At 35:30 a rarely used extreme wide shot is selected when the transition is made from the music to a poem about Archy Lee followed by our traditional frontal head-to-toe shot and side medium close-up. This series of shots were used to try and provide coverage that allows the viewers to experience the emotions and body language used to convey his performance.
Act #3 Reconstruction and Jim Crow (46:42)
The opening of the reconstruction section of the show was planned out a little differently in that Mr. Jones conducted his performance from a stool as he educated the viewers on Robert Smalls. He is positioned in the back left corner of the stage which allowed for some opportunities for some slow zooming-in shots from the side camera as well as the front. A side medium shot becomes the choice coupled with a head-to-toe that keeps the performer in the left side of the frame, leaving what appears to be negative space until the music starts and Mr. Jones’ lighting fades up and the pianist’s spotlight fades up and he begins to play. The slow zoom allows for the shots to develop simultaneously with the unfolding of Robert Smalls’ story.
The transition from Robert Smalls happens when the band starts to play and the camera focuses on the frontal stage action. The camera starts to zoom out to reveal all of the band members. Followed by a slow zoom-in medium shot of the trumpet player, that largely focuses on him. Cuts between the static wide shots and finally the close-up shots of the trumpet player are used. He is the main point of focus during this part of the performance.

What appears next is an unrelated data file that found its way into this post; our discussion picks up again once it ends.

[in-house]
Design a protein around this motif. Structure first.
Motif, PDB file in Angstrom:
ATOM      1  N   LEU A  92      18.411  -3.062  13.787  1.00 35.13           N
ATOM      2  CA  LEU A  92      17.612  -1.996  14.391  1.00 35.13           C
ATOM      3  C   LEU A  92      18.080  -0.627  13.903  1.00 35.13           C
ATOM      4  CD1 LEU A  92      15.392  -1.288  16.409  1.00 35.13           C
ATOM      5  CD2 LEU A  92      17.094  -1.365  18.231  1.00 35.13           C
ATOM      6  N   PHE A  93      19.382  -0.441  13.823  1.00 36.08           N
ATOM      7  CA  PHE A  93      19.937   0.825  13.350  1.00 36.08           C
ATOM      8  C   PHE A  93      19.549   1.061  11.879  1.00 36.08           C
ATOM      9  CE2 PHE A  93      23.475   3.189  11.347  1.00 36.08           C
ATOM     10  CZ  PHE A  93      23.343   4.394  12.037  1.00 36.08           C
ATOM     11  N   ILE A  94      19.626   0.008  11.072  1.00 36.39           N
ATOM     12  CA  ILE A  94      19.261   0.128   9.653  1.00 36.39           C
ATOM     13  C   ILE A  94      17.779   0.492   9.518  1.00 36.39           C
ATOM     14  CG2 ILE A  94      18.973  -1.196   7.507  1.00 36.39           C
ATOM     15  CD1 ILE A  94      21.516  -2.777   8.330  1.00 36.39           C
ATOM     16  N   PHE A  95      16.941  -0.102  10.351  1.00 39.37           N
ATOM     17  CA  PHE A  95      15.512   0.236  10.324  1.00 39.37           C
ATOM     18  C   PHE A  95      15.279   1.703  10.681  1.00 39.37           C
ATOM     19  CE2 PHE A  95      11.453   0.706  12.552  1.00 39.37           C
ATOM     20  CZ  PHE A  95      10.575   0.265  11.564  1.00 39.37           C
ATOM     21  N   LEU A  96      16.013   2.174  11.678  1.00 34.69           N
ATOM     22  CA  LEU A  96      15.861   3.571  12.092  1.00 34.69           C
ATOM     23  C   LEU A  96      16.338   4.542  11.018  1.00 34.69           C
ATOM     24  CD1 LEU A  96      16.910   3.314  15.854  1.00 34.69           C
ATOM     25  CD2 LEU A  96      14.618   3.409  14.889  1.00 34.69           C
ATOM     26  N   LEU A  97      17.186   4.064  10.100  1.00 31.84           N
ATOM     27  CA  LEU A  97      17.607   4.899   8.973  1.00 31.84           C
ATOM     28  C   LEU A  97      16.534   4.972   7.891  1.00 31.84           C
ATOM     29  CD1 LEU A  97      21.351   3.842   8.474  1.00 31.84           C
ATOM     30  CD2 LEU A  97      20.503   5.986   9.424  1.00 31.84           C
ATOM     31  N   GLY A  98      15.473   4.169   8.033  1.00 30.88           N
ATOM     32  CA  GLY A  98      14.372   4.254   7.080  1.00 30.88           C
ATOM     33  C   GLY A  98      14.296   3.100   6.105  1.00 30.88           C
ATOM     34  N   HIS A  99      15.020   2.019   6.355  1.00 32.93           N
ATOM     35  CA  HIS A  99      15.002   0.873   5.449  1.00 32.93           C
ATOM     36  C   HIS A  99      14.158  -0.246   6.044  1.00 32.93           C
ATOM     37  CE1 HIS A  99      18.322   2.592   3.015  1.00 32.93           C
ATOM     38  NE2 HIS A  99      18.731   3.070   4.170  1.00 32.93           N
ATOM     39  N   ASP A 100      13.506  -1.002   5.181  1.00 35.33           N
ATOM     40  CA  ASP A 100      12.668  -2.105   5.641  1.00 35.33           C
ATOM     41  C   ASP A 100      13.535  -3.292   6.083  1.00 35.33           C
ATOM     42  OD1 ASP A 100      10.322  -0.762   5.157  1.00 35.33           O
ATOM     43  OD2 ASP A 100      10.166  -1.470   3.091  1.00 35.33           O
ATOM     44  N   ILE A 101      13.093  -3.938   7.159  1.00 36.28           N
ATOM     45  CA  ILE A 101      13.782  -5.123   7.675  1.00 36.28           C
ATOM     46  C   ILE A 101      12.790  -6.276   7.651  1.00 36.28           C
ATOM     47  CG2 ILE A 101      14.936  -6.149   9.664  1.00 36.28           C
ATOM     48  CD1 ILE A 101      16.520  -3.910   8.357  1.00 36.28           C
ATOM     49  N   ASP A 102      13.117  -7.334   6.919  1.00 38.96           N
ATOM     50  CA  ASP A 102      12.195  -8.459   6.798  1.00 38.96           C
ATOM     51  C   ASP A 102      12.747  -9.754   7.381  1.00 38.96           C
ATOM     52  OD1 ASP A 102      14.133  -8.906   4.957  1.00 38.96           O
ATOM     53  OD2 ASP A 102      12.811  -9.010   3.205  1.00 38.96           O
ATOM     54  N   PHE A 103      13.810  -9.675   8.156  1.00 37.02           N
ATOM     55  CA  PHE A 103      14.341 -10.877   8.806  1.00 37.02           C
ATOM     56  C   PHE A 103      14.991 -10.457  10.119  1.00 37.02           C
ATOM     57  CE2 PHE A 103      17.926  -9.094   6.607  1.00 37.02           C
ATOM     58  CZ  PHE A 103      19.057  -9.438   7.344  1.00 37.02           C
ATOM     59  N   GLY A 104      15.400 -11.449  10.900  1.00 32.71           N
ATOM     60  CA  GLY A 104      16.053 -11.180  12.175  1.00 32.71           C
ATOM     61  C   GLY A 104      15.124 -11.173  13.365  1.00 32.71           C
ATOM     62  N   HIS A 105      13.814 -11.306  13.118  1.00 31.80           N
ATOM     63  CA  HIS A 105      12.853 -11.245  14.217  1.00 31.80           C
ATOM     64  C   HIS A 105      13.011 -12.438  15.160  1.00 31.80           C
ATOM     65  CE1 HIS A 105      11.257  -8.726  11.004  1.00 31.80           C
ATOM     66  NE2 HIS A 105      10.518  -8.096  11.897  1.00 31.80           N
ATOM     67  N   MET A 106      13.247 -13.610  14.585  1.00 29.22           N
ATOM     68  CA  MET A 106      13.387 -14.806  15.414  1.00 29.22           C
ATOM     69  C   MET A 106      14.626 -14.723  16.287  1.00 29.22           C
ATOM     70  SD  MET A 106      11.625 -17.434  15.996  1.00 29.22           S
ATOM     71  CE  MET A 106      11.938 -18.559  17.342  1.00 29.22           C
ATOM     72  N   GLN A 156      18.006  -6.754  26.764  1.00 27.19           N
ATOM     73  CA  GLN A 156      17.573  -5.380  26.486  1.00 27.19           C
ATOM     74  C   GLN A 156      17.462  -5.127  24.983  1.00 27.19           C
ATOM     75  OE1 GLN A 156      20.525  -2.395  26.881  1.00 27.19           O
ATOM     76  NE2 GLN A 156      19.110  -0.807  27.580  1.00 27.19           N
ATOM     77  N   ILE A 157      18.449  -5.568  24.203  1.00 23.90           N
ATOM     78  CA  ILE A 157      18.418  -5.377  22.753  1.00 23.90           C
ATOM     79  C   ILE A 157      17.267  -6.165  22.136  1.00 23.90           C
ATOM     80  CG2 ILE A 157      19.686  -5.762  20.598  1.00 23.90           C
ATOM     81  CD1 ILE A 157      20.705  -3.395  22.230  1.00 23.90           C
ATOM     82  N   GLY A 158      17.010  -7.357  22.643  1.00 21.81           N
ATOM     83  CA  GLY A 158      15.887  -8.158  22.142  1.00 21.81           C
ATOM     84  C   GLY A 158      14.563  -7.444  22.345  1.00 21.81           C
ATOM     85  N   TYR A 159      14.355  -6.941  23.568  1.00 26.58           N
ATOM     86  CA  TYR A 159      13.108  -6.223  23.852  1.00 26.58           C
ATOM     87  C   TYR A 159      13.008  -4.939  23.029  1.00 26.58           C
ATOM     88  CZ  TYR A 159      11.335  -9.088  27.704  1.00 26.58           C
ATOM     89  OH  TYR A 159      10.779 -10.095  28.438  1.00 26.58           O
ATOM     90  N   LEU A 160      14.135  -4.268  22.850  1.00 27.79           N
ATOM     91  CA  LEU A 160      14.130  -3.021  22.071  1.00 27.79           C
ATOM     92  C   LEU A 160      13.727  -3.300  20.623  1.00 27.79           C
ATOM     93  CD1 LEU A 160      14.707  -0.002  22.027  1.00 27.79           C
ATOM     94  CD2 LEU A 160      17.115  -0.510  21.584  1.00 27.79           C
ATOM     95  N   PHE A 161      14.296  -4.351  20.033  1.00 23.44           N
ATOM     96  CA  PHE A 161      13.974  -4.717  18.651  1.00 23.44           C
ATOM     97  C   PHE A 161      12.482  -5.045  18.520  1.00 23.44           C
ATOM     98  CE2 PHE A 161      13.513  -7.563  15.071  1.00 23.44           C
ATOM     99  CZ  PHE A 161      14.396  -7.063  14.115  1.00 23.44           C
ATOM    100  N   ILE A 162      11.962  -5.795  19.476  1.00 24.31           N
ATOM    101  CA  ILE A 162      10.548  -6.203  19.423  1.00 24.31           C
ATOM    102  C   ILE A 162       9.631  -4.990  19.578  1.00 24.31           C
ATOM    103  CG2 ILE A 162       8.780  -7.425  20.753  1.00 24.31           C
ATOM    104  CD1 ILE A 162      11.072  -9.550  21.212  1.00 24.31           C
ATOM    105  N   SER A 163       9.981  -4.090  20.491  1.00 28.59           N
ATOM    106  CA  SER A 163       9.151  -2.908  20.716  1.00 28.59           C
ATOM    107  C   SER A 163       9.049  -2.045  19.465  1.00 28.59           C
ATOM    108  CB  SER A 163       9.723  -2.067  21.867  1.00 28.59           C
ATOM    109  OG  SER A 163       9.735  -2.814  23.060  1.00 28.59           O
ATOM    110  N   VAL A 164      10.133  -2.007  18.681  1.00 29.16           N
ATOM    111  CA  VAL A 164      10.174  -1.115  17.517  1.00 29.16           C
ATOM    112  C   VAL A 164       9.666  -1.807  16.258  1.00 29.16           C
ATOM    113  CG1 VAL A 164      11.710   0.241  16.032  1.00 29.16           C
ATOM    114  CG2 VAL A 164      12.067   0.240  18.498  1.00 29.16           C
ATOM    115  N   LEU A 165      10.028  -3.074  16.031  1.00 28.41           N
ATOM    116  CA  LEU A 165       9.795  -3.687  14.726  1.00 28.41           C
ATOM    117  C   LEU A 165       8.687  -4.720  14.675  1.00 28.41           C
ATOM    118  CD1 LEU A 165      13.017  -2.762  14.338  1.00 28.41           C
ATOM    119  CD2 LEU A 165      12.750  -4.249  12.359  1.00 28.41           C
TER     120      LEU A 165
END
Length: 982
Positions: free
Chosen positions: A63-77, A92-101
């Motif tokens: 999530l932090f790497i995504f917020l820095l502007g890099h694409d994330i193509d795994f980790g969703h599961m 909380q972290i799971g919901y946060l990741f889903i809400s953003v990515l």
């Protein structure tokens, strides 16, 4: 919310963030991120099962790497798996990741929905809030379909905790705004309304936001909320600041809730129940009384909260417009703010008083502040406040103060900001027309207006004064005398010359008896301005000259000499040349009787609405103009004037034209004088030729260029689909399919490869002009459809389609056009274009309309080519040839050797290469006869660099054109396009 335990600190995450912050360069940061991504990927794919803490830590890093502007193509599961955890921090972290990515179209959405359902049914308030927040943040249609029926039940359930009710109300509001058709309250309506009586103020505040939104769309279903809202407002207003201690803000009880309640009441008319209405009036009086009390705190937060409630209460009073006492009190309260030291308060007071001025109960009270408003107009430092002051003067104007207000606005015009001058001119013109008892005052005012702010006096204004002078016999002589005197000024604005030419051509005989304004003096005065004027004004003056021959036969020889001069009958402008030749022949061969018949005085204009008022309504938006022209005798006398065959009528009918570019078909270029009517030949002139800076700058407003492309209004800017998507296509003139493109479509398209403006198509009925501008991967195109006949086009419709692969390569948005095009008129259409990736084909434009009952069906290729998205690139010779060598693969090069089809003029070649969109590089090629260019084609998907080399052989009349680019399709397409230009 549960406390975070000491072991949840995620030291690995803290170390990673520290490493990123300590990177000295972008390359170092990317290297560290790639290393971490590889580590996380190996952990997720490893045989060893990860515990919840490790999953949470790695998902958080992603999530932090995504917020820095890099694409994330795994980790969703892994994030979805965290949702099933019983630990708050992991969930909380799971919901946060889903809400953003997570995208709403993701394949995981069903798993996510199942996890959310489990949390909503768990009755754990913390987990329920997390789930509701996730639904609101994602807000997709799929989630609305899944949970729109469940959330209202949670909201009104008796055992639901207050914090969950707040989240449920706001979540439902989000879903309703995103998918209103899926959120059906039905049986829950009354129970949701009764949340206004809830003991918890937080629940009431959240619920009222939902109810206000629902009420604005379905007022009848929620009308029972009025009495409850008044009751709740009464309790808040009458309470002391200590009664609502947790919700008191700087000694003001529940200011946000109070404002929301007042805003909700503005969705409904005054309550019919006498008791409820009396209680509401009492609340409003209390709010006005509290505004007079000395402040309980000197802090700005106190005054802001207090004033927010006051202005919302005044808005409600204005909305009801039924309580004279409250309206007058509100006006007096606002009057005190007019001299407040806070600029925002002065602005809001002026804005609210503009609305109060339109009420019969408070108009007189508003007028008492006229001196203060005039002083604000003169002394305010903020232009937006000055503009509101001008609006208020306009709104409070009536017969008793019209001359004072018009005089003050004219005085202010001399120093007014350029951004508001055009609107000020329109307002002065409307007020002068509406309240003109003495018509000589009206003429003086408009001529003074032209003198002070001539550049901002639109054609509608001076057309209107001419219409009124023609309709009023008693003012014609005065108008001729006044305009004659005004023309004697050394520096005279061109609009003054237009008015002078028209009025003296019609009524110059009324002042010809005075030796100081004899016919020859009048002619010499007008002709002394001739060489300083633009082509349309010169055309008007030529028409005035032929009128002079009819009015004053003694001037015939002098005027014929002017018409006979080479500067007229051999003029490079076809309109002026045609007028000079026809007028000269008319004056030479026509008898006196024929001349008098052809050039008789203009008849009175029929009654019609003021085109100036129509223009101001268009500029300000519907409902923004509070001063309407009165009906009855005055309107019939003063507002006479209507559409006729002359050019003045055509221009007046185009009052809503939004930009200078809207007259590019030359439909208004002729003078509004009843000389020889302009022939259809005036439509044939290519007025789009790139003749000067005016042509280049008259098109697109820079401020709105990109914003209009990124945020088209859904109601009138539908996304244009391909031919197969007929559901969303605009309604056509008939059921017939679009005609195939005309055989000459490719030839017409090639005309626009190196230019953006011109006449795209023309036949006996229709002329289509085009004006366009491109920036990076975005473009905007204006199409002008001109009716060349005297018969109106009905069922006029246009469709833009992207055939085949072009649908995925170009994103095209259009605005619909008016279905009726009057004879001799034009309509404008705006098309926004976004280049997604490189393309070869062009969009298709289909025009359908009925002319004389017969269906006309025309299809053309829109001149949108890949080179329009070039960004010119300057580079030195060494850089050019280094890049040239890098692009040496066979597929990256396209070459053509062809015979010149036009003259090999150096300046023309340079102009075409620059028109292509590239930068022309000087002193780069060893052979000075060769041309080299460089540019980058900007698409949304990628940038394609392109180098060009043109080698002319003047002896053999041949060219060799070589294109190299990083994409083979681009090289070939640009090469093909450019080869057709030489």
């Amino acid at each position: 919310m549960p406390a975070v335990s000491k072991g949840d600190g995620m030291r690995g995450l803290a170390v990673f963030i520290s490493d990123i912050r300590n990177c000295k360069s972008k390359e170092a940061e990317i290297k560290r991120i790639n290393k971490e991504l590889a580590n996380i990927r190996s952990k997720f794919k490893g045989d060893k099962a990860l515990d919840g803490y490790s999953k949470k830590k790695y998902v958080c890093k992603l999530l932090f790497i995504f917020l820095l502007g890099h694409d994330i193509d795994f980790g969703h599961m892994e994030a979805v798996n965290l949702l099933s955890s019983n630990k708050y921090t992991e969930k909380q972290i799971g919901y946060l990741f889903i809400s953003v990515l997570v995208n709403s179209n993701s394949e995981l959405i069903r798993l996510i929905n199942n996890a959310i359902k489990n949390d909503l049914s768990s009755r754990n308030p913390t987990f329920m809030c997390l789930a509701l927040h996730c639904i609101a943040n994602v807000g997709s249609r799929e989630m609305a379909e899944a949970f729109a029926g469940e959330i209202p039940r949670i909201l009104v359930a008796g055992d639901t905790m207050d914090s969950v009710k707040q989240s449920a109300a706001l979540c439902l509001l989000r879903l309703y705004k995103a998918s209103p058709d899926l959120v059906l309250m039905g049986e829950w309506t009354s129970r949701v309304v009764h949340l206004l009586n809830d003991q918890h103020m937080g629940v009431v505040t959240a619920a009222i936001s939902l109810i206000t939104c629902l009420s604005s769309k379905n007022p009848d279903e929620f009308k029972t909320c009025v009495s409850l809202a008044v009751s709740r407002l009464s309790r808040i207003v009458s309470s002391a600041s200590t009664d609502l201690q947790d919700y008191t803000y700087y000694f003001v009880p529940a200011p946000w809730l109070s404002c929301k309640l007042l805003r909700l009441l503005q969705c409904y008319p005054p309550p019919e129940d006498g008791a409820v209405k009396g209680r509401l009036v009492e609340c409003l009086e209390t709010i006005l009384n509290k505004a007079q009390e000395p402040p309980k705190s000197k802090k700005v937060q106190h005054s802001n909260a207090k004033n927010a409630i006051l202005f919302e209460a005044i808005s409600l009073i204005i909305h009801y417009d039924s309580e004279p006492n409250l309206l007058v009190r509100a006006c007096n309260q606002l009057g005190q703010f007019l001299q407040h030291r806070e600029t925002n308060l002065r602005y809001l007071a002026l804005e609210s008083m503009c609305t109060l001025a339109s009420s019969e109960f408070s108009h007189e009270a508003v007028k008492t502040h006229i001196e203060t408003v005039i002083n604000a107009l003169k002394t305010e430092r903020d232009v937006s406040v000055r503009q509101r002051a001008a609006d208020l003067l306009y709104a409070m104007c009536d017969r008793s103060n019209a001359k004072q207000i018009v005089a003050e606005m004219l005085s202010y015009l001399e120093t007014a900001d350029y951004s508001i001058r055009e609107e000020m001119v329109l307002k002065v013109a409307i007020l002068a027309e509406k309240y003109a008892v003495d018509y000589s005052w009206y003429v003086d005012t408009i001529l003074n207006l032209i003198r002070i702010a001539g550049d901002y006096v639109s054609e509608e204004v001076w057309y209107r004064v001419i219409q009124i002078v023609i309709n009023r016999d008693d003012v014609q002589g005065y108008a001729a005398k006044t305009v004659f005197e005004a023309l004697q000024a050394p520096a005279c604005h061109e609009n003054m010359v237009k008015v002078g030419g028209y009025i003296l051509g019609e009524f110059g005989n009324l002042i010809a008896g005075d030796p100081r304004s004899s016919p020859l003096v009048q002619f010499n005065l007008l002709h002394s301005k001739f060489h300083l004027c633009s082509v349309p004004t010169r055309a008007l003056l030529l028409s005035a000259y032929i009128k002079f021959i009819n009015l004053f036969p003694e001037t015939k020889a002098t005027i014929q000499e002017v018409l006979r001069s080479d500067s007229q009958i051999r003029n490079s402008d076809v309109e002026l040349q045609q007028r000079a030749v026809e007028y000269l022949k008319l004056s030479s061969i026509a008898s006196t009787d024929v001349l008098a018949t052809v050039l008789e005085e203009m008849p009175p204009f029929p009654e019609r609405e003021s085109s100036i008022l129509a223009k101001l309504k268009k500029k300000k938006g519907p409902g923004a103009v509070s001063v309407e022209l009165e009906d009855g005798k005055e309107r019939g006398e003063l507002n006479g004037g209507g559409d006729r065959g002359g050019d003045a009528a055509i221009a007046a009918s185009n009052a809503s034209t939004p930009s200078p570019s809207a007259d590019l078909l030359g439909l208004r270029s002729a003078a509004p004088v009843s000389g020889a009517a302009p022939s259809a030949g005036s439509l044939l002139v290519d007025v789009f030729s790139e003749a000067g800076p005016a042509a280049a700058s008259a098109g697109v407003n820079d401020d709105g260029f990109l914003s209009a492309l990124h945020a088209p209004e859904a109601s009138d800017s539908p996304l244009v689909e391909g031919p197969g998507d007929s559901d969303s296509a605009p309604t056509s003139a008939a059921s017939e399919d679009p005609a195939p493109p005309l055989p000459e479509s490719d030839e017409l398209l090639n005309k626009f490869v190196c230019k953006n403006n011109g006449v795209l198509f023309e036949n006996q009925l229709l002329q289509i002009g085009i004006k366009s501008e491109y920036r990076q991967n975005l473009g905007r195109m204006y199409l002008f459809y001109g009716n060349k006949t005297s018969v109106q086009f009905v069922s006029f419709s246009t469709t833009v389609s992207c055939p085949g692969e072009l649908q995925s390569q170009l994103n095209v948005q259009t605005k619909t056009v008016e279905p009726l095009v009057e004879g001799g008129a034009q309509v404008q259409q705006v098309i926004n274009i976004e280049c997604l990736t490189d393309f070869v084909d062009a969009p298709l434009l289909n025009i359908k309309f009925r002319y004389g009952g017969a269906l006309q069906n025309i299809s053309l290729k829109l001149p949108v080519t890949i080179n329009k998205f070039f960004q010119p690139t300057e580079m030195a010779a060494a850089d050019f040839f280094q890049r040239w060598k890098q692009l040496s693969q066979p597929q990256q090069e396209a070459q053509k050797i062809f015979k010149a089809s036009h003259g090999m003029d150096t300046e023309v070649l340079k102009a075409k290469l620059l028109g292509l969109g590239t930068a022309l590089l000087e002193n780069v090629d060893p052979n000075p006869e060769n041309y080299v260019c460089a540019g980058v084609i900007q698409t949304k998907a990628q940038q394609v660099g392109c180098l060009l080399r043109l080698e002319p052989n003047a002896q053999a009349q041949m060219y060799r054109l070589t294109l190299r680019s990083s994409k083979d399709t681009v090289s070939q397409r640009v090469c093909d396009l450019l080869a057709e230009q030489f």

54:37 Strange Fruit
The aerial acrobatic interpretation of Strange Fruit truly allows for a more creative directorial approach. The shot positioned toward the front of the stage is wider than we have traditionally framed early parts of the show. This adjustment was made because the action occupied the larger span of the stage as well as choreographed dance moves in the air on the ladder, along with Mrs. Carol singing Strange Fruit with the band playing. At 55:47 the frame isn’t as wide but there is a close-up of the performances taking place on the ladder. A few minutes later the side angle is used but it includes the aerial work as well as the performance on stage. At 59:09 the performers make their way off of the ladder, and one ends up almost in a ball on the stage’s floor as if he has perished. Another dancer covers him with her body, as he is lifeless on the stage. A slow zoom-in shot is used until it settles on the closest close-up used in this show. These shot selections allow the viewers to see the source of the music along with the movements that correlate to the lyrics and overall theme of the song.
Act #4 The Modern Age 1:14:08
They close out to “We Remember Greatness” the shot selections vary, from the frontal wide shots, a Cowboy framing (one that is framed from the knees up ), close-ups of the closing ladder performance, as well as close-ups and zooms that are motivated by action.
The direction of this video is predicated on the movements and positioning on stage. The flow of the overall show is the true guiding light. Ultimately the goal is to try and give those that didn’t see the show live the feeling as if they were there. That is not missing any important moments, dances, songs, speeches, or poems.